Study Suggests Correlation of Legal pot with Increased Car Crashes

Does your use of marijuana make you drive less safely? According to a new study by the Highway Loss Data Institute (HLDI), “”More drivers admit to using marijuana, and it is showing up more frequently among people involved in crashes,” reported CBS News.

The study is the first to find a link between marijuana use and “real-world crashes.” It was conducted in three states that have legalized recreational marijuana use:  Colorado, Oregon, and Washington. The researchers compared the data collected to collision claims in neighboring states, including Nevada and Utah, which allow only medical marijuana. The HLDI is affiliated with the nonprofit Insurance Institute for Highway Safety (IIHS), a group funded by insurance companies, “which have a vested interest in not having to pay claims and — of course — hold a bias against impaired driving of any kind,” commented CBS News.

The HLDI study found that the number of collisions in the states that legalized marijuana was three percent higher than in the non-legal marijuana states. “We’re concerned about what we’re seeing,” said Matt Moore, the institute’s senior vice president, told CNBC. “We see strong evidence of an increased crash risk in states that have approved recreational marijuana sales.” The study found crash risks were greater by 16 percent in Colorado, 6.2 percent in Washington and 4.5 percent in Oregon. However, it did not indicate whether the increase was due to collisions that were directly caused by drivers who were high on marijuana.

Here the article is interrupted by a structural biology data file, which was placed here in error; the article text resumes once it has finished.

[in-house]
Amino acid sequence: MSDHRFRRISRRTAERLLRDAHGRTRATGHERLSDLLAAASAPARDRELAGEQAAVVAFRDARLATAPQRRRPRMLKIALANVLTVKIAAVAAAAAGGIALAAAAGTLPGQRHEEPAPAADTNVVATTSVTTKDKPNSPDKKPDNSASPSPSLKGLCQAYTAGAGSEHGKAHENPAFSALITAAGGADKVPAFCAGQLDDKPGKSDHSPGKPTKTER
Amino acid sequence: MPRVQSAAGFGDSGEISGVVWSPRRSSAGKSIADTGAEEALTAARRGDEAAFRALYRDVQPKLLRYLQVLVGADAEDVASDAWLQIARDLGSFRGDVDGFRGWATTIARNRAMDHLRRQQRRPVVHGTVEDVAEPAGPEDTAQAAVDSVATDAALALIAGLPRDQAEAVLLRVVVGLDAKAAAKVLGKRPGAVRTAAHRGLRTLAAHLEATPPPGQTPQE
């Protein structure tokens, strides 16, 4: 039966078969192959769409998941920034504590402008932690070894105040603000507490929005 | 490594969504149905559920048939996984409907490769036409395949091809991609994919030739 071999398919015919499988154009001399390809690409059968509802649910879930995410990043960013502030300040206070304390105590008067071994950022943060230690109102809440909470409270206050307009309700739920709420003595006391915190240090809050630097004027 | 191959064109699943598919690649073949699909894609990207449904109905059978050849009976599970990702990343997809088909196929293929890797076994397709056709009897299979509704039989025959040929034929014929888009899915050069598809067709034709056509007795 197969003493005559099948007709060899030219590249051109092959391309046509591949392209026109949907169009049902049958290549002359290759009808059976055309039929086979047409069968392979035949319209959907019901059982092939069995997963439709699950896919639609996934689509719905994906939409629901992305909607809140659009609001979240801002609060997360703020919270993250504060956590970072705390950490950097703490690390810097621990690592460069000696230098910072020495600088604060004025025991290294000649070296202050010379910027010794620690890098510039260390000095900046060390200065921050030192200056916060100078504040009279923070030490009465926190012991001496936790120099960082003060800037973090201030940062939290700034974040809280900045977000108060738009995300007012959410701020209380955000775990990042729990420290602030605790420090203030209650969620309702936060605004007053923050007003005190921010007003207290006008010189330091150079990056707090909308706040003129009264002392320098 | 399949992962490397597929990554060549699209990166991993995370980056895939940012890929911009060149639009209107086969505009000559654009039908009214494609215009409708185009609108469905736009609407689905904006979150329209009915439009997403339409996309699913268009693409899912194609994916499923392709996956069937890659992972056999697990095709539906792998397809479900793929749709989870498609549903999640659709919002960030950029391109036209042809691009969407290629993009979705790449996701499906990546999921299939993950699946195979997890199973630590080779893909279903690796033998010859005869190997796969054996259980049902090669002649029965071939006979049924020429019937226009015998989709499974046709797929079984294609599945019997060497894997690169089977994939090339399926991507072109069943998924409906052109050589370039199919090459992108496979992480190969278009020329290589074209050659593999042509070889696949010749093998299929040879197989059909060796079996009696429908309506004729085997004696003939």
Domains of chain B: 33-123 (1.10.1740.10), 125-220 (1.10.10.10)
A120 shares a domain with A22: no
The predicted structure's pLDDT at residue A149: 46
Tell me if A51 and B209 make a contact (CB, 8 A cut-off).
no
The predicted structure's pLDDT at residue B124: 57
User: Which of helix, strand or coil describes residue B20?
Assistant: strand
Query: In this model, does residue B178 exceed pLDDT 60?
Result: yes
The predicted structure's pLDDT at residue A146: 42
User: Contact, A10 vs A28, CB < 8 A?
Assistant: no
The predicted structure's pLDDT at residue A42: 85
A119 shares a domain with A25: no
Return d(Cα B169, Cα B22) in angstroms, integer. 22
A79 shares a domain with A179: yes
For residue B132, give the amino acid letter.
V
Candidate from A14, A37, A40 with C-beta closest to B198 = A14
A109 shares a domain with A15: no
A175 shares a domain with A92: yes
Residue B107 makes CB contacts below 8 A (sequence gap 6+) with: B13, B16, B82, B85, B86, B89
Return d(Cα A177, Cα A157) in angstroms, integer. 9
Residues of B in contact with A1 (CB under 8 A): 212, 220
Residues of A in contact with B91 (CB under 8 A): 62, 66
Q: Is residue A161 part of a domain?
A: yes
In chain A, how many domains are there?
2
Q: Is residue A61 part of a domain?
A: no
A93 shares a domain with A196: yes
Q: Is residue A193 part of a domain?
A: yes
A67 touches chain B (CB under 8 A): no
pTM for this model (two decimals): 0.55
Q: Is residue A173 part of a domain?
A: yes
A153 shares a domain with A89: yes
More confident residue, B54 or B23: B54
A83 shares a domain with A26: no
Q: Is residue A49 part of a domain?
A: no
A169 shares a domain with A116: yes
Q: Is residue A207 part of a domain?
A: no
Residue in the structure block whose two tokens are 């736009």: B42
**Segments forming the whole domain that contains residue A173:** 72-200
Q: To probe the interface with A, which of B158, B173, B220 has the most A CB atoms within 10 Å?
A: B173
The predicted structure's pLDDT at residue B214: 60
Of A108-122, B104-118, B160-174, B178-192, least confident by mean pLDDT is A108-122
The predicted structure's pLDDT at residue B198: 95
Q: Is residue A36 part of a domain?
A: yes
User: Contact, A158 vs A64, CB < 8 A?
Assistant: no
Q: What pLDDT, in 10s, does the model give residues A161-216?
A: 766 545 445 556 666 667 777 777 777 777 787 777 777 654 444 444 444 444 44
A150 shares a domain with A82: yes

It is difficult to determine how many vehicle crashes are caused by drivers high on marijuana because most drivers who test positive for THC often test positive for alcohol as well. Moore noted, “We’re concerned about impaired driving in general. Marijuana just layers on top of other impairments like alcohol.”
Another complication for regulators, according to the Washington Post is that, unlike alcohol,  marijuana can be consumed via a variety of methods. While it’s primarily smoked, as the legalization and commercialization of marijuana has spread, cannabis-infused sodas, tinctures, cookies, and candies have become increasingly popular….  Because edible cannabis is absorbed through the stomach rather than the lungs, most researchers suspect that edible and smoked marijuana affect the body differently.
“Detecting and deterring marijuana-impaired driving thus remains a significant headache for policymakers and law enforcement. “
Craig Follis has extensive experience in litigation, negotiating and settling suits, and providing legal opinions on liability and insurance coverage. You can reach him at (888) 703-0109 or via email at

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